According to Jane, there is one more stage to go involving a more detailed appraisal, before Transport Scotland decides the outcome.
If the rail link was approved, some services provided would be an Edinburgh to St Andrews route with optional stops at the airport, Dunfermline and Cupar. There would also be a St Andrews to Dundee service with a stop at Leuchars.
This would help businesses like M&Co on South Street, which currently relies on the ability for elderly customers to find parking spaces within close proximity to the shops. Last year, the loss of on-street parking “killed trade”, particularly in the lead up to Christmas.
Lorraine, manager of M&Co told The Saint that she is “All for bringing the station and a bit of history back. Instead of cars and buses, a train would really help. People are having to park on side streets and it’s getting really difficult for customers”.
Lorraine noted that the recent development of the Levenmouth Rail link is a success that could be repeated here.
The StARLink campaign began in 1989, during this time, there has been a change of attitude towards the climate that has made people take the possibility of a St Andrews railway seriously. Jane, the convenor of StARLink, explained, “We’ve realised that driving cars all over the place is not a good idea. Electric cars don’t get rid of congestion, and they contribute to particulate pollution”.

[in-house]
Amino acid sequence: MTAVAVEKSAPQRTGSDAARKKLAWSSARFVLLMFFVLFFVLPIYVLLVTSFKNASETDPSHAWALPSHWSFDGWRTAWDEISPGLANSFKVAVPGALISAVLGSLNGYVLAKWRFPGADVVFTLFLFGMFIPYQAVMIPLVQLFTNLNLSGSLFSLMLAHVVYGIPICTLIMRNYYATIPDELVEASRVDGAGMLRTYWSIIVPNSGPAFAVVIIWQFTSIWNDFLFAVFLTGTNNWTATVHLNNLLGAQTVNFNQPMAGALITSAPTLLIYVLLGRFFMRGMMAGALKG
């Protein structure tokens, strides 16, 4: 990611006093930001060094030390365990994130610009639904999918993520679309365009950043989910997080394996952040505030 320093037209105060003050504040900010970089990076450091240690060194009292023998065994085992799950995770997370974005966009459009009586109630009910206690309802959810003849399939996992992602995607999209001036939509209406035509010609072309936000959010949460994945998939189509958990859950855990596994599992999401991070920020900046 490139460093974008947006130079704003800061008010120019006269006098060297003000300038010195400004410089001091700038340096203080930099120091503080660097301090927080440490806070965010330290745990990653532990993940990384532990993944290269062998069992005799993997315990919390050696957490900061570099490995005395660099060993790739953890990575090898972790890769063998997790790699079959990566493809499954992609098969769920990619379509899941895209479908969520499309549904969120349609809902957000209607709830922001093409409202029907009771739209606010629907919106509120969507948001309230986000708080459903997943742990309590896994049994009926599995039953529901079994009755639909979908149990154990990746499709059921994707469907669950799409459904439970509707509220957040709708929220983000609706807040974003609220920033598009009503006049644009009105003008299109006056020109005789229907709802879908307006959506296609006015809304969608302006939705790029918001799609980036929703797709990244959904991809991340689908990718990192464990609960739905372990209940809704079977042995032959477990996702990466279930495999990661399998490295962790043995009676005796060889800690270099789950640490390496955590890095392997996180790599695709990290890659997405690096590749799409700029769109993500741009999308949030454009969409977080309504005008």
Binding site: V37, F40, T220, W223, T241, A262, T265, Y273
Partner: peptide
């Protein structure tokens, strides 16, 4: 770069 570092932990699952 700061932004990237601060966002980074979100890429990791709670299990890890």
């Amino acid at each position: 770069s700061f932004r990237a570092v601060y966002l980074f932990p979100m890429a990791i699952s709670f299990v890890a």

Repeatedly, Jane speaks of St Andrews as “a destination”. She explains, “It’s a destination for education and tourism. Playing the Old Course by zoom loses something – virtual tourism is no use at all for the people who work here. We’ve got to get people here, and we’ve got to do it in as environmentally friendly a way as possible”.
The Saint raised a concern over the possibility of a railway drawing in too many people, into a town that cannot accommodate an increase in numbers.
Jane responds that people come to St Andrews anyway. She adds, “It’s not about bringing in more people to St Andrews, it’s to get the people who are coming out of their cars”.
We posed this concern to CASH St Andrews, the Campaign for Affordable Student Housing. A spokesperson for CASH told The Saint, “A new railway link can provide commuting residents with fast and quick travel to the big cities and will give students greater flexibility in where they live. However, in the likelihood that a new railway improves the desirability of the town to visiting tourists, we must consider how that might worsen the current housing crisis”.
The spokesperson added, “We already are feeling the severe impacts of the holiday-let expansion, with local residents forced out and students facing a housing market where the only thing higher than the demand for properties is their rent. The only instance in which we can welcome news of a rail link for St. Andrews is if it is proposed alongside a commitment to address our local housing crisis with a cap on the expansion of holiday-lets”.
The University of St Andrews has stated that “Our consistent position has been that we support a rail link to St Andrews in principle”. The Saint asked for clarification of ‘support in principle’ but no further explanation could be given.
For now, the University means to ease the burden of commuting students by subsidising all Stagecoach tickets at a 75% reduction of the normal price. This will be offered to everyone with a st-andrews.ac.uk email address from mid-November.
For some, the future of a railway station in St Andrews has never looked so secure. For others, like one HM Taxi driver, a rail link in town is “Never happening in 100 years”.
The same driver proposed a bet to The Saint: “Come back in ten years’ time and tell me I’m wrong”.
Illustration: Lauren McAndrew